G: For some of our listeners out there who don’t read poetry a lot, what’s an easy way for them to find poems that they like?

Dave: If you want to go directly to poems, one of the best resources I know is the Poetry Foundation website. It’s You can search for poems there based on the theme of the poem, you can search based on poets, you can look basically in any way that you want. But I would say that if you’re not ready to do research, just listen to the way that people talk around you or think of the way that you use metaphors in language to describe things. Imagine a conversation you’re having with a friend that you’re in a course with and you say, “well I can’t see that far down the line in the course.” That whole idea of “seeing down the line” is a metaphor, it’s a poetic gesture that we use. Being more aware of the ways in which people speak in poetry, all of the time, I think is a great place to begin.

G: I’ve been hearing a lot of things about how listening is very important in our generation and in this political climate it is very important to listen to people, and I feel like you’re kind of saying that by listening to the way people talk in general. Is that a good practice to help me more understanding towards people?

Dave: I hope so. I certainly think that. I don’t know anything that goes wrong when we listen more and listen better to each other, but it’s difficult to do because we’ve all got our own things to say, as well. But I also think that there’s an odd, sort of paradoxical thing that happens where the more you listen to the way that somebody talks, and by that I mean the idiosyncrasies of their speech, the more I think we actually understand what they have to say and who they are. That’s not to say that, the way that we talk marks us as from that place or that place, but that the way that we talk is an extension of what we think and who we are. I think we can look at public rhetoric as something that is in a disastrous state right now, and one thing we can do about that is to listen more closely, listen better, and maybe wait a moment longer before deciding what we have to say. And I say that noticing that I have been talking for like 15 minutes now in this interview, [both laugh] but I am going to console myself in the fact that you asked me to do it.

G: [laughs] Yeah I did, this is a unique situation in that sense. So we often use music when we need to be consoled, when we need advice, when we need to be more relaxed, we’ll listen to a song as a release. Do you do this [with] poetry and do you think those two go side by side?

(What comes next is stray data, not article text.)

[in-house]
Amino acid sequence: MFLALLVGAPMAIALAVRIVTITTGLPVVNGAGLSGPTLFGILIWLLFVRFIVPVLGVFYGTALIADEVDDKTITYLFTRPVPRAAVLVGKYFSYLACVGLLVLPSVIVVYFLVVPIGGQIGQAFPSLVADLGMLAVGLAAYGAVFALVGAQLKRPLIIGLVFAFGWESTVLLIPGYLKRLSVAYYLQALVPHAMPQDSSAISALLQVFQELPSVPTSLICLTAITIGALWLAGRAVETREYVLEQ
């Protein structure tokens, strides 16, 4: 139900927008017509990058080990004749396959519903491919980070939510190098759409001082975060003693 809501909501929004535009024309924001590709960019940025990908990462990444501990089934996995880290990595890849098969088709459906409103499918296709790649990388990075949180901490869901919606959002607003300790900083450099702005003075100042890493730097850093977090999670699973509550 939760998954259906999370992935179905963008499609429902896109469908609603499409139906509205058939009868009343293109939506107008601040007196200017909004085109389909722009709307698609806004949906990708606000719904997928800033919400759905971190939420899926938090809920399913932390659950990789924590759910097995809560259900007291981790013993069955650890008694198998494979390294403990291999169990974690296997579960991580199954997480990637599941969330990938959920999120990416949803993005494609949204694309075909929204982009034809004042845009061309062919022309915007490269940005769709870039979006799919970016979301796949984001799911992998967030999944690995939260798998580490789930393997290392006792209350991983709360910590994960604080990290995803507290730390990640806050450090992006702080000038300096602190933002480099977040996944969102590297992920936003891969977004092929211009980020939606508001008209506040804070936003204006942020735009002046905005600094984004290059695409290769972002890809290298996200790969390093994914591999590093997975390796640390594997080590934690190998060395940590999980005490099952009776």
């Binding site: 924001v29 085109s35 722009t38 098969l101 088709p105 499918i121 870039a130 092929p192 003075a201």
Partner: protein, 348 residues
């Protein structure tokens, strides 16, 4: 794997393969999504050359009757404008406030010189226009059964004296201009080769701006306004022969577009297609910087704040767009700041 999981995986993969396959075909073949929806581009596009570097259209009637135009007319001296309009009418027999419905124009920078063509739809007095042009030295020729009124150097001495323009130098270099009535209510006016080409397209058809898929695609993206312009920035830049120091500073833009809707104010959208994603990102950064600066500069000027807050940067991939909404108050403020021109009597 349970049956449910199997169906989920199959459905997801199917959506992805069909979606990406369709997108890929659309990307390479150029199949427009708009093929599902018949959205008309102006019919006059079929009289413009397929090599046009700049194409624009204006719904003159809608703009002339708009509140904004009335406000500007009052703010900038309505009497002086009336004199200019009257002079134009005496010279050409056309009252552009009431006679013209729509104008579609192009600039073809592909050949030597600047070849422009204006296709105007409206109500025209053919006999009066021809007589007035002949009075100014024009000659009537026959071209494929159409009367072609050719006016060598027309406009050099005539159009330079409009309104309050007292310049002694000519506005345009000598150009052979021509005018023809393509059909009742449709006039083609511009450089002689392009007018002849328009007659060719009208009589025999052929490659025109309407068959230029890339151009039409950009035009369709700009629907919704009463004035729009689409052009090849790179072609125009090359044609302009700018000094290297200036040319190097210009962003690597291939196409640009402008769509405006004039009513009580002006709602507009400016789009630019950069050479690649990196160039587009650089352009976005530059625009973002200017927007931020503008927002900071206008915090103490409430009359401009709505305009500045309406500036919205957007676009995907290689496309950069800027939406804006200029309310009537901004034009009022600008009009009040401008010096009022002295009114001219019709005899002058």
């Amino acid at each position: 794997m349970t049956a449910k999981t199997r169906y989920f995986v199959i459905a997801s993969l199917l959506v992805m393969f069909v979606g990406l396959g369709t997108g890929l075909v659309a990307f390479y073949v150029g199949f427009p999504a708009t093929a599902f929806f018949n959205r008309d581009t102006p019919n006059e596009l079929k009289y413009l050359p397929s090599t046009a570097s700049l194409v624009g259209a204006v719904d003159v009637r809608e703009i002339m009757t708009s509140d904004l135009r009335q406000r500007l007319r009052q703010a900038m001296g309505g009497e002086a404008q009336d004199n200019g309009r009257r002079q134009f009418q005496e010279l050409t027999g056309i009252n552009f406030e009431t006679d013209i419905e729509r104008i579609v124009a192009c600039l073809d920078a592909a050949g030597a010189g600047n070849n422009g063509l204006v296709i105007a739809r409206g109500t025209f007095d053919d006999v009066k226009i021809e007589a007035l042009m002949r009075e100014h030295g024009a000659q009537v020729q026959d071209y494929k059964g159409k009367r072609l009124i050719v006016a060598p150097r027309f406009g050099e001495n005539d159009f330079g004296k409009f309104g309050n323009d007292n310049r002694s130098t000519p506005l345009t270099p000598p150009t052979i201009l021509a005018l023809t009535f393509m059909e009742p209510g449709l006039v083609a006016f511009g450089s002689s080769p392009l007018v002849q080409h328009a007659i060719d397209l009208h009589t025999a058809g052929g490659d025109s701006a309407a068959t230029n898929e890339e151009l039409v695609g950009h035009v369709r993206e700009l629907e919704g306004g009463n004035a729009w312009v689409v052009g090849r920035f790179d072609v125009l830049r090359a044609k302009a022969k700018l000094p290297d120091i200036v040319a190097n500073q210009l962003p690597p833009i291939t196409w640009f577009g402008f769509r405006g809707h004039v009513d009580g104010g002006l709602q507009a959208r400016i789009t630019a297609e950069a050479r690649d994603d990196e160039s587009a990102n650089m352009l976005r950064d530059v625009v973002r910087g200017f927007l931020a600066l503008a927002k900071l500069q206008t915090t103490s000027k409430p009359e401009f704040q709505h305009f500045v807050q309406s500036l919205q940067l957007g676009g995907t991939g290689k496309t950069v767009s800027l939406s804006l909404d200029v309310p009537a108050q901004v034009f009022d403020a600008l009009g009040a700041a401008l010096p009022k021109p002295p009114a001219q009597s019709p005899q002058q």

Dave: Absolutely. There are poems that I go, almost sort of as rituals in some ways. There are poems that I like to read every autumn, I like to read James Wright’s (great Ohio poet’s) ”Every Autumn Begins In Martin’s Ferry, Ohio.” I often, after an experience of grief, return to a Dylan Thomas poem called, “Death [Shall] Have No Dominion.” But there are so many others...sometimes it’s a matter of missing a person, not having spoken to a teacher in a long time, so I’ll go back and read one of Rita Dove’s poems because then, if I am reading “Sunday Greens,” I can hear her voice and there’s the consolation not only of the poem on the page, but the sense of the poems themselves. And I think one of the things that is consoling about poetry in general is that, reading a lyric poem gives us this experience that we are encountering another human being. That might be the poet, that might be a version of the poet, that might be a speaker if the poem is a dramatic monologue, maybe it’s just our idea of another person. But that encounter is something that I think allows us to be, if only for a moment, more than simply ourselves and that’s always a consoling feeling because then we are not alone.

G: Yeah, I think the power of reading things and hearing people read poems is [a way of] knowing that you’re not alone…

Dave: It’s difficult because it takes a different kind of concentration than listening to a song. You can listen to a song and do something else. I listen to music mainly when I’m driving.

G: Yeah, same.

Dave: But it’s dangerous to try to read a poem while you’re driving. [both laugh] I wouldn’t recommend it. So it requires a different attention and focus. I think we need both frankly, I think we need both that way of sort of letting the music wash over us, but we also need the focused attention that reading a poem can provide. On the other hand, you can go to a poetry reading and sort of let the language wash over you and find yourself disappearing into what you’re hearing, in the same way that you can do that with the song. So, you have lots of options, those of you who are interested in wading into the waters of poetry.

G: So this is a question about some specific artists, but artists like Patti Smith and Bob Dylan.

Dave: Yeah, pretty good artists. [both laugh]

G: Yeah, pretty amazing artists, are known for both their poetry and their music and also their music is often interpreted as poetry. Are there other people like them you can think of who are known for both of these things?